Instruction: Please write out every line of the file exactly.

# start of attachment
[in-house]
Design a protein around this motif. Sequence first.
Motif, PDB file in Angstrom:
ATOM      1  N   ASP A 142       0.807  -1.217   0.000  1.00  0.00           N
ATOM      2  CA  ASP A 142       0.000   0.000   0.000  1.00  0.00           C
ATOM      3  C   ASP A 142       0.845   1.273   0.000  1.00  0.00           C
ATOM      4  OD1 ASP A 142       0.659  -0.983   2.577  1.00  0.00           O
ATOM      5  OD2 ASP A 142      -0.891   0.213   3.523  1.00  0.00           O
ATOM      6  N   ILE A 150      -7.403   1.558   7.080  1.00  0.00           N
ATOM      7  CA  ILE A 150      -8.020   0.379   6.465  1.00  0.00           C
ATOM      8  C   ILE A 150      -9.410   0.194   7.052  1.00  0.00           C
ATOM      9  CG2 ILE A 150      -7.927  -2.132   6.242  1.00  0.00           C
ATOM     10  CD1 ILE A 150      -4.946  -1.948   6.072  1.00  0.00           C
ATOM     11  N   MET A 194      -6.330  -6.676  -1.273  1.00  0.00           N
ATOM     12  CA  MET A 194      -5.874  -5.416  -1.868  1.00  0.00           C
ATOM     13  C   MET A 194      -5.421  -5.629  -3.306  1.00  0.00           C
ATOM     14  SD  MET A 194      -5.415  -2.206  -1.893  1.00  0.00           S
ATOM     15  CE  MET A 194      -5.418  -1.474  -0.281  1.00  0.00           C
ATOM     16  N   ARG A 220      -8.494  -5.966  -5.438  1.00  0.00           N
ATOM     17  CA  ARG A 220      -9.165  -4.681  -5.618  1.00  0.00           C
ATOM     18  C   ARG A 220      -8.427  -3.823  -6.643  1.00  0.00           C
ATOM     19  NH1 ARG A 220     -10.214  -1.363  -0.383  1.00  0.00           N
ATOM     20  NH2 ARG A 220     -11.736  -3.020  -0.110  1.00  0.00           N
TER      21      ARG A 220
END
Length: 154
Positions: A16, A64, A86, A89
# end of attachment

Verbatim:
[in-house]
Design a protein around this motif. Sequence first.
Motif, PDB file in Angstrom:
ATOM      1  N   ASP A 142       0.807  -1.217   0.000  1.00  0.00           N
ATOM      2  CA  ASP A 142       0.000   0.000   0.000  1.00  0.00           C
ATOM      3  C   ASP A 142       0.845   1.273   0.000  1.00  0.00           C
ATOM      4  OD1 ASP A 142       0.659  -0.983   2.577  1.00  0.00           O
ATOM      5  OD2 ASP A 142      -0.891   0.213   3.523  1.00  0.00           O
ATOM      6  N   ILE A 150      -7.403   1.558   7.080  1.00  0.00           N
ATOM      7  CA  ILE A 150      -8.020   0.379   6.465  1.00  0.00           C
ATOM      8  C   ILE A 150      -9.410   0.194   7.052  1.00  0.00           C
ATOM      9  CG2 ILE A 150      -7.927  -2.132   6.242  1.00  0.00           C
ATOM     10  CD1 ILE A 150      -4.946  -1.948   6.072  1.00  0.00           C
ATOM     11  N   MET A 194      -6.330  -6.676  -1.273  1.00  0.00           N
ATOM     12  CA  MET A 194      -5.874  -5.416  -1.868  1.00  0.00           C
ATOM     13  C   MET A 194      -5.421  -5.629  -3.306  1.00  0.00           C
ATOM     14  SD  MET A 194      -5.415  -2.206  -1.893  1.00  0.00           S
ATOM     15  CE  MET A 194      -5.418  -1.474  -0.281  1.00  0.00           C
ATOM     16  N   ARG A 220      -8.494  -5.966  -5.438  1.00  0.00           N
ATOM     17  CA  ARG A 220      -9.165  -4.681  -5.618  1.00  0.00           C
ATOM     18  C   ARG A 220      -8.427  -3.823  -6.643  1.00  0.00           C
ATOM     19  NH1 ARG A 220     -10.214  -1.363  -0.383  1.00  0.00           N
ATOM     20  NH2 ARG A 220     -11.736  -3.020  -0.110  1.00  0.00           N
TER      21      ARG A 220
END
Length: 154
Positions: A16, A64, A86, A89